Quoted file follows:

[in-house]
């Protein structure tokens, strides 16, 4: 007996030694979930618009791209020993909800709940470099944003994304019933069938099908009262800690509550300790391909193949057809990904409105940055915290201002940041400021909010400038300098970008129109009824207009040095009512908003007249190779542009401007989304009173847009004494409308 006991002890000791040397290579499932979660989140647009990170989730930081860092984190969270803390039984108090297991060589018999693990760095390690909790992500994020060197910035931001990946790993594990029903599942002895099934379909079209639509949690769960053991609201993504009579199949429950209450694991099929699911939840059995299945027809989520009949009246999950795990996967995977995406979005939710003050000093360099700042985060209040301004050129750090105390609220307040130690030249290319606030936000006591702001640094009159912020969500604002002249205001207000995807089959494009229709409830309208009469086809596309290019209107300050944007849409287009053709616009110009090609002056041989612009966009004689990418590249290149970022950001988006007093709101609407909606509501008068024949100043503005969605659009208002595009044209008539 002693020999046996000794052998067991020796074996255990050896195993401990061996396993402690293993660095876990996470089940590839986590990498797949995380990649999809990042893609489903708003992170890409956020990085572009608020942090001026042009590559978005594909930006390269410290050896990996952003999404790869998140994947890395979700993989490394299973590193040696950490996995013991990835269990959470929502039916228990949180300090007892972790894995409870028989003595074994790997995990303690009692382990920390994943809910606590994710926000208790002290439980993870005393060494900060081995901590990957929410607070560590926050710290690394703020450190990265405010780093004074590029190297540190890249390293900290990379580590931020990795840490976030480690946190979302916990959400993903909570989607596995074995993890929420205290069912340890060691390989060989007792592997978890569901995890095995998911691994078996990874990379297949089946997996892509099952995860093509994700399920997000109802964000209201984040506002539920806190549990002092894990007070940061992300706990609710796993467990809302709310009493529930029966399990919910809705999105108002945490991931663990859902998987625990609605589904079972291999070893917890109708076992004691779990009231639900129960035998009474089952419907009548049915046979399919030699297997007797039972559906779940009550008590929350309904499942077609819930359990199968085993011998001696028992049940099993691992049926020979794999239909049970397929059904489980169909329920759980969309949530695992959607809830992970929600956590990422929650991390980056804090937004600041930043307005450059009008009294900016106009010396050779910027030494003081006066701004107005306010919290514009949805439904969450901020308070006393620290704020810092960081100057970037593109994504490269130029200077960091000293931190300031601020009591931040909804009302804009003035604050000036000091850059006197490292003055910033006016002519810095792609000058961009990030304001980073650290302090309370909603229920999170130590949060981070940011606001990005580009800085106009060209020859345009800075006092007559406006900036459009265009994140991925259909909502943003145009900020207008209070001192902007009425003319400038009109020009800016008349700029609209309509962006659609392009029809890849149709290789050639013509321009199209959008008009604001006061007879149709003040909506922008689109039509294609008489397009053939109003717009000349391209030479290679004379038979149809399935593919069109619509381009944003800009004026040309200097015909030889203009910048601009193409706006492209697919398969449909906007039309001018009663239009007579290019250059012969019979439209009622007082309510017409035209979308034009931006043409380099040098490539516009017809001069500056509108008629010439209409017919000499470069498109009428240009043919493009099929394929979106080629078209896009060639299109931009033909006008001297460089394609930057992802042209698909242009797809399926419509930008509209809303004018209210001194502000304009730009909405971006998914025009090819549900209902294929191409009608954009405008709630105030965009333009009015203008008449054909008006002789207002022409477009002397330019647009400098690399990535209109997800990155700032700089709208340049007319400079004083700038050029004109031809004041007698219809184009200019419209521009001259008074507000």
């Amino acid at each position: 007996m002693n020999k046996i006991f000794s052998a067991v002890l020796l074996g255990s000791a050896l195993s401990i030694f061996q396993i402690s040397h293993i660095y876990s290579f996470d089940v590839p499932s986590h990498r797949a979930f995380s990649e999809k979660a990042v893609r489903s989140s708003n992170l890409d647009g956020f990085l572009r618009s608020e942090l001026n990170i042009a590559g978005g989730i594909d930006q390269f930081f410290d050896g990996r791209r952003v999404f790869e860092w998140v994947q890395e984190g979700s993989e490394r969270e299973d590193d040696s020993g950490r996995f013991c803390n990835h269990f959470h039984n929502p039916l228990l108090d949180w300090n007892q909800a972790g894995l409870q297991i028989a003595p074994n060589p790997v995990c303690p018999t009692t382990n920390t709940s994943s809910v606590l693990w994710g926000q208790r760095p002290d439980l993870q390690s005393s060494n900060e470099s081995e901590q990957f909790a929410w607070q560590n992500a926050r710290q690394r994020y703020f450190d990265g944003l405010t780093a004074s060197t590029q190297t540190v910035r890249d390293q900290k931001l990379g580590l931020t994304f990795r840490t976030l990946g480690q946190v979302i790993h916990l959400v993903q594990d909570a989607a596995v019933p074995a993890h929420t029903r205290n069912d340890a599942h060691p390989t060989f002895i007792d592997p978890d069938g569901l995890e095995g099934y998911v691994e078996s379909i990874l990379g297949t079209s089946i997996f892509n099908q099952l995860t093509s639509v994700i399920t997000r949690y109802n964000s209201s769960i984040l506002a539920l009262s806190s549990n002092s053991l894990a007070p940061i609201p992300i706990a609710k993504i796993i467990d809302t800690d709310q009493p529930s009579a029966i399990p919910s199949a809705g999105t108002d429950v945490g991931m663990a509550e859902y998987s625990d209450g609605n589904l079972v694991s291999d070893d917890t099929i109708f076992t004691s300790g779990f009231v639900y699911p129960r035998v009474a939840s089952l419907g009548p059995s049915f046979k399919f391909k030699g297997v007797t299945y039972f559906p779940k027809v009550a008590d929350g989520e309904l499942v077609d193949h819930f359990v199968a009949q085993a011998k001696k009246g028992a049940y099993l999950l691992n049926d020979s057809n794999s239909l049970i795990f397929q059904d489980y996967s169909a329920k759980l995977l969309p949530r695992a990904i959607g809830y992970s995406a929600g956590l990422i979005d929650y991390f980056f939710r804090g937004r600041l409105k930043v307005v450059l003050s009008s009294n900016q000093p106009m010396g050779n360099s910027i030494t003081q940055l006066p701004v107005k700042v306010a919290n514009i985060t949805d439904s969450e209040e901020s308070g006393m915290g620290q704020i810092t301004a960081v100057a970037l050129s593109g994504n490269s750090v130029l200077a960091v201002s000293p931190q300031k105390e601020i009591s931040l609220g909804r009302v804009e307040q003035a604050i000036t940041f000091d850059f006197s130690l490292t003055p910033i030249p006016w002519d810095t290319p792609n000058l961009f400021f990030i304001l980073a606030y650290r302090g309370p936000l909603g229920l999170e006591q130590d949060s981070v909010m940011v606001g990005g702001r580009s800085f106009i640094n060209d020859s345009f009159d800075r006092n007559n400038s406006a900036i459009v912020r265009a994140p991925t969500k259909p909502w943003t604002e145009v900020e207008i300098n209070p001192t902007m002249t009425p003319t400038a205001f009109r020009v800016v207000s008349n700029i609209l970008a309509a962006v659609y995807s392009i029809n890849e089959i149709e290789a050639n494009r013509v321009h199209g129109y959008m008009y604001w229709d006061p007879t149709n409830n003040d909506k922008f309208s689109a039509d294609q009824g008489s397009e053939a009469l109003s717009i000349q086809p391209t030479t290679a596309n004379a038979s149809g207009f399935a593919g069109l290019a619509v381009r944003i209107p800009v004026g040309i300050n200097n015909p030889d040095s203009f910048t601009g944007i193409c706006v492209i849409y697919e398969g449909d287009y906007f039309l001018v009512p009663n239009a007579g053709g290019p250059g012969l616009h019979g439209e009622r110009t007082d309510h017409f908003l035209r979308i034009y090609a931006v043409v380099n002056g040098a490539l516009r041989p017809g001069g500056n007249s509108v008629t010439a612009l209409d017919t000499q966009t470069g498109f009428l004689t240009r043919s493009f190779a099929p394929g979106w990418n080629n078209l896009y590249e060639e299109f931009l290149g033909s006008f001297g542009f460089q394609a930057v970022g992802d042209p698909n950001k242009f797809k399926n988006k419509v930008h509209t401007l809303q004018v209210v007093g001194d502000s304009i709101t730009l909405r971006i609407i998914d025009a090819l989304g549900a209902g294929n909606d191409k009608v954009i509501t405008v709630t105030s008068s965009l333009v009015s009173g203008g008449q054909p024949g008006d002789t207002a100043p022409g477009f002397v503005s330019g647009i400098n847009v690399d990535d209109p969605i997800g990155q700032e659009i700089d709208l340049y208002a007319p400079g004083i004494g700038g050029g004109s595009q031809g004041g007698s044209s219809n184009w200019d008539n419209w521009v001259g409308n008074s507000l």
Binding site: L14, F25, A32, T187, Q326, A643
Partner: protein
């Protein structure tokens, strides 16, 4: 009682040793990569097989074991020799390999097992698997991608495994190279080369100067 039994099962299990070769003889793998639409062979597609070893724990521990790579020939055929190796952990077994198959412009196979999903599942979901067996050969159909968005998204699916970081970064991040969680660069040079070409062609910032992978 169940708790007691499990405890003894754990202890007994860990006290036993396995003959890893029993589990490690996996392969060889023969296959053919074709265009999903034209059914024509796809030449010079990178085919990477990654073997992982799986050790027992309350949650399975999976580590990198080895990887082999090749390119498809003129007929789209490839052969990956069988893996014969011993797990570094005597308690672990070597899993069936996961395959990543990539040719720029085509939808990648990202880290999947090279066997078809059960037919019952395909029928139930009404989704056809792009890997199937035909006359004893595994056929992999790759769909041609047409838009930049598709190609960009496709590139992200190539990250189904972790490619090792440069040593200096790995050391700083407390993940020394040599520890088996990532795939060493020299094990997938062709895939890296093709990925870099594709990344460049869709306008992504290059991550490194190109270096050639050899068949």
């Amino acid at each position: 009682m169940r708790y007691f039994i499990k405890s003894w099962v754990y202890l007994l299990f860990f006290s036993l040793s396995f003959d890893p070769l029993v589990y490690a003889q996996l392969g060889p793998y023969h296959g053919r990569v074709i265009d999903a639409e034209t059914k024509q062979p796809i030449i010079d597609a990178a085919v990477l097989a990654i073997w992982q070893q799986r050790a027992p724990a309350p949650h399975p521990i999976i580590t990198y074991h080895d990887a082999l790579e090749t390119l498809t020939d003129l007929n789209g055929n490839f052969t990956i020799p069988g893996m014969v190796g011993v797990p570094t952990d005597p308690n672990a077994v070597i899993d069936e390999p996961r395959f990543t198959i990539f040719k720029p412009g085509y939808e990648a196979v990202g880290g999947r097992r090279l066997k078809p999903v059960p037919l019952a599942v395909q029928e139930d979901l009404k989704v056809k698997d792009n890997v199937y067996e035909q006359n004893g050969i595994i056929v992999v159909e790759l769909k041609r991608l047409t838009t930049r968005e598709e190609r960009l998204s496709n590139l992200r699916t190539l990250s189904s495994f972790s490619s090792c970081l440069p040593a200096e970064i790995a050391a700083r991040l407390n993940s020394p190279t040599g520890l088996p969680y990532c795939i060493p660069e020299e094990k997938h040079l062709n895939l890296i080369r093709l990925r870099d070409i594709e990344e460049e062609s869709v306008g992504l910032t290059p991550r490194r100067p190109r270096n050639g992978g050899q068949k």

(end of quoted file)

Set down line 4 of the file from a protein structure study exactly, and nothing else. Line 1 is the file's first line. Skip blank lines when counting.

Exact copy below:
Binding site: L14, F25, A32, T187, Q326, A643